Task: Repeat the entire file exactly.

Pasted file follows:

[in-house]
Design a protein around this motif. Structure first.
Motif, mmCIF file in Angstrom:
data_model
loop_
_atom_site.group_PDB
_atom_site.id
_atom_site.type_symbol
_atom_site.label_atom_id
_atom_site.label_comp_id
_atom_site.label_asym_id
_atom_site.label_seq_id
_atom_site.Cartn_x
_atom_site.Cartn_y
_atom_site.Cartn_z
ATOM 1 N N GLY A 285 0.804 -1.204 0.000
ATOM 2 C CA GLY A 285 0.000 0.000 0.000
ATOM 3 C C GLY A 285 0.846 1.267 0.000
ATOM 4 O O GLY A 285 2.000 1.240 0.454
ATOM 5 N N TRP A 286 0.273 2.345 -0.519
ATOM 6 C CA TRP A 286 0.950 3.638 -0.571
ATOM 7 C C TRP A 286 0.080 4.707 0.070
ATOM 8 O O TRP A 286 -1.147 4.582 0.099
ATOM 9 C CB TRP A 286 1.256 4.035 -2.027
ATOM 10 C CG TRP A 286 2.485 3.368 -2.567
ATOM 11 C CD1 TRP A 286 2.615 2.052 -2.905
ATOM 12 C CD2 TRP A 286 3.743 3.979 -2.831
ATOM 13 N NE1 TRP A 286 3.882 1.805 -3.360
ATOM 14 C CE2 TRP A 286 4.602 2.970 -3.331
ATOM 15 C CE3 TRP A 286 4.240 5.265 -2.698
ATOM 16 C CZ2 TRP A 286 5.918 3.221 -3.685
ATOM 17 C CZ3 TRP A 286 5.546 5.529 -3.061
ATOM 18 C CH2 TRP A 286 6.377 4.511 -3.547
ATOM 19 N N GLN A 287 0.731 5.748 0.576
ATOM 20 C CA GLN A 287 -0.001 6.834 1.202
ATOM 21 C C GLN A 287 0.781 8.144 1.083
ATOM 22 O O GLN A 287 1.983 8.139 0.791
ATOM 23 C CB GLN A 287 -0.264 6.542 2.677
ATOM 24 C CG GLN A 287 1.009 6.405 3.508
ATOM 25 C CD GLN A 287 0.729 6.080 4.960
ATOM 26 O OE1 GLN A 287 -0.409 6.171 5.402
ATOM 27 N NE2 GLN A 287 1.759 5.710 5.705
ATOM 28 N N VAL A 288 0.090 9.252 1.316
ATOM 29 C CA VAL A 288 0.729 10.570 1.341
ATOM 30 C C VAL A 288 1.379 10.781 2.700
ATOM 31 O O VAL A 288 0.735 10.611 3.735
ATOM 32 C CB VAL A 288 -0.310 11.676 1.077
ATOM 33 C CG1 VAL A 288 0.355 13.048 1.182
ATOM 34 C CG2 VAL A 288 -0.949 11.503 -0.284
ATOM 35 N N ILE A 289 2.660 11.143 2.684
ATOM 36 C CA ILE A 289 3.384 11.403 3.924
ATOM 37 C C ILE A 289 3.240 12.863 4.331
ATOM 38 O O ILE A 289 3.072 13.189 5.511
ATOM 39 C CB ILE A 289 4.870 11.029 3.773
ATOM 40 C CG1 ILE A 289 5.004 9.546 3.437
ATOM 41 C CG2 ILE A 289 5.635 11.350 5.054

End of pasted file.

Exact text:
[in-house]
Design a protein around this motif. Structure first.
Motif, mmCIF file in Angstrom:
data_model
loop_
_atom_site.group_PDB
_atom_site.id
_atom_site.type_symbol
_atom_site.label_atom_id
_atom_site.label_comp_id
_atom_site.label_asym_id
_atom_site.label_seq_id
_atom_site.Cartn_x
_atom_site.Cartn_y
_atom_site.Cartn_z
ATOM 1 N N GLY A 285 0.804 -1.204 0.000
ATOM 2 C CA GLY A 285 0.000 0.000 0.000
ATOM 3 C C GLY A 285 0.846 1.267 0.000
ATOM 4 O O GLY A 285 2.000 1.240 0.454
ATOM 5 N N TRP A 286 0.273 2.345 -0.519
ATOM 6 C CA TRP A 286 0.950 3.638 -0.571
ATOM 7 C C TRP A 286 0.080 4.707 0.070
ATOM 8 O O TRP A 286 -1.147 4.582 0.099
ATOM 9 C CB TRP A 286 1.256 4.035 -2.027
ATOM 10 C CG TRP A 286 2.485 3.368 -2.567
ATOM 11 C CD1 TRP A 286 2.615 2.052 -2.905
ATOM 12 C CD2 TRP A 286 3.743 3.979 -2.831
ATOM 13 N NE1 TRP A 286 3.882 1.805 -3.360
ATOM 14 C CE2 TRP A 286 4.602 2.970 -3.331
ATOM 15 C CE3 TRP A 286 4.240 5.265 -2.698
ATOM 16 C CZ2 TRP A 286 5.918 3.221 -3.685
ATOM 17 C CZ3 TRP A 286 5.546 5.529 -3.061
ATOM 18 C CH2 TRP A 286 6.377 4.511 -3.547
ATOM 19 N N GLN A 287 0.731 5.748 0.576
ATOM 20 C CA GLN A 287 -0.001 6.834 1.202
ATOM 21 C C GLN A 287 0.781 8.144 1.083
ATOM 22 O O GLN A 287 1.983 8.139 0.791
ATOM 23 C CB GLN A 287 -0.264 6.542 2.677
ATOM 24 C CG GLN A 287 1.009 6.405 3.508
ATOM 25 C CD GLN A 287 0.729 6.080 4.960
ATOM 26 O OE1 GLN A 287 -0.409 6.171 5.402
ATOM 27 N NE2 GLN A 287 1.759 5.710 5.705
ATOM 28 N N VAL A 288 0.090 9.252 1.316
ATOM 29 C CA VAL A 288 0.729 10.570 1.341
ATOM 30 C C VAL A 288 1.379 10.781 2.700
ATOM 31 O O VAL A 288 0.735 10.611 3.735
ATOM 32 C CB VAL A 288 -0.310 11.676 1.077
ATOM 33 C CG1 VAL A 288 0.355 13.048 1.182
ATOM 34 C CG2 VAL A 288 -0.949 11.503 -0.284
ATOM 35 N N ILE A 289 2.660 11.143 2.684
ATOM 36 C CA ILE A 289 3.384 11.403 3.924
ATOM 37 C C ILE A 289 3.240 12.863 4.331
ATOM 38 O O ILE A 289 3.072 13.189 5.511
ATOM 39 C CB ILE A 289 4.870 11.029 3.773
ATOM 40 C CG1 ILE A 289 5.004 9.546 3.437
ATOM 41 C CG2 ILE A 289 5.635 11.350 5.054